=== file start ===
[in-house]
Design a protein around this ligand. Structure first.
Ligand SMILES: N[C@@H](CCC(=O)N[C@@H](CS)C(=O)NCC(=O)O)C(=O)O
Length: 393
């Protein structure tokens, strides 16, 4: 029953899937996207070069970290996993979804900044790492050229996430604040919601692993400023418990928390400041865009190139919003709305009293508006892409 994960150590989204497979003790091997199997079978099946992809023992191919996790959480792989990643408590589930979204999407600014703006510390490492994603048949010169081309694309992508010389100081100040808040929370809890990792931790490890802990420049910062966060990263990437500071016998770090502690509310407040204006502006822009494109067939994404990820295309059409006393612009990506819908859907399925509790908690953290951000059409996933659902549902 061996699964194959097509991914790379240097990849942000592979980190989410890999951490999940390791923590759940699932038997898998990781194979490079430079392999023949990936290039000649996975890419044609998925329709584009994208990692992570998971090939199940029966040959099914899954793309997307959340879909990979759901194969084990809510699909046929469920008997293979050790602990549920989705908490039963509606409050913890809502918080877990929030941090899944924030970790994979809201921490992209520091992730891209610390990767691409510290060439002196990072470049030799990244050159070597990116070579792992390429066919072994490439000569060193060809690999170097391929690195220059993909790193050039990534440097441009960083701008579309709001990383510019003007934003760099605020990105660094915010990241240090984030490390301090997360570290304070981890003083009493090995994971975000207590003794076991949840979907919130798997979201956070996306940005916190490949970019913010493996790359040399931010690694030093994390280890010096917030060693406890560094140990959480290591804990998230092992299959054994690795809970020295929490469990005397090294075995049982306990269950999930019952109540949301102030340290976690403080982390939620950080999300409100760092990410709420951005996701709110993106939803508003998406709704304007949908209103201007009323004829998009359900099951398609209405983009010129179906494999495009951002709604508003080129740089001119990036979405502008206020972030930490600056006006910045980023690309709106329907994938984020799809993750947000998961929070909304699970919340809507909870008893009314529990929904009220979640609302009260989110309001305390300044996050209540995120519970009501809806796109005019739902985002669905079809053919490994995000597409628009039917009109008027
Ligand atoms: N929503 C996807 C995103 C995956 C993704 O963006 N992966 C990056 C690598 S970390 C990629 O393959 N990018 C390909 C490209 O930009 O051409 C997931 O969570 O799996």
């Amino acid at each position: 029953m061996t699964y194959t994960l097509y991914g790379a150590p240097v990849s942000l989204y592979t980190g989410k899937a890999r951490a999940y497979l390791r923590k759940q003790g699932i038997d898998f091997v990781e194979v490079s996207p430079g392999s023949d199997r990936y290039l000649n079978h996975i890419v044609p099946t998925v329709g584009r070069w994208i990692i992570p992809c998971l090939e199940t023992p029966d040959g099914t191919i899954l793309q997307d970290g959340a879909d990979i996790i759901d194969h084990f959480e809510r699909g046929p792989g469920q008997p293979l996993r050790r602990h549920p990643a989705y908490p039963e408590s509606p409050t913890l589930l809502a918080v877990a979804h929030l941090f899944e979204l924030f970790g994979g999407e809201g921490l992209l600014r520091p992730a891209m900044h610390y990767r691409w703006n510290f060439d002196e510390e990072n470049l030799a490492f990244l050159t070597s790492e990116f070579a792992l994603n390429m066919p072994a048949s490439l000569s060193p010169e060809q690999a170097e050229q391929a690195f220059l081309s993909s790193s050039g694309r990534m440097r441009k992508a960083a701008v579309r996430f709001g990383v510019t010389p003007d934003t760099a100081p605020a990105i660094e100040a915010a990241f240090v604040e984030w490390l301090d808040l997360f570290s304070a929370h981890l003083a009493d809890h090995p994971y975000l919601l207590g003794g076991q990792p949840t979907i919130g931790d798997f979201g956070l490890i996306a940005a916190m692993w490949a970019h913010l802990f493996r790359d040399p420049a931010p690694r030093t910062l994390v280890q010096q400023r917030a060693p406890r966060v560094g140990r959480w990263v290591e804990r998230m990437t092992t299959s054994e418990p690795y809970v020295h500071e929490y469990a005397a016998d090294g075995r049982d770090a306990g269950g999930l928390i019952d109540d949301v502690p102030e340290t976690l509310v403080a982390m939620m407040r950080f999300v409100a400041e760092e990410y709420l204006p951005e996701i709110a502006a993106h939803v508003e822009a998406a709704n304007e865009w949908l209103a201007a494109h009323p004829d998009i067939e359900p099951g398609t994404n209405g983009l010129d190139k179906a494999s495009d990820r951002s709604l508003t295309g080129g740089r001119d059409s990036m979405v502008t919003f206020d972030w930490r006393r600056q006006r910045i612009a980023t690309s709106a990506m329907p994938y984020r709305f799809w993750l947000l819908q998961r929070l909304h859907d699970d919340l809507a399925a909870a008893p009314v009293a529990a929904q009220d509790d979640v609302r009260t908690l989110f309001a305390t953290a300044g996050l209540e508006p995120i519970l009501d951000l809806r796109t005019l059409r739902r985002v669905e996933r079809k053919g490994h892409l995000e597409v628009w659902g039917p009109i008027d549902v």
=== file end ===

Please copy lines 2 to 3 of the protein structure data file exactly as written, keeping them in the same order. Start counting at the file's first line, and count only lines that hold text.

Design a protein around this ligand. Structure first.
Ligand SMILES: N[C@@H](CCC(=O)N[C@@H](CS)C(=O)NCC(=O)O)C(=O)O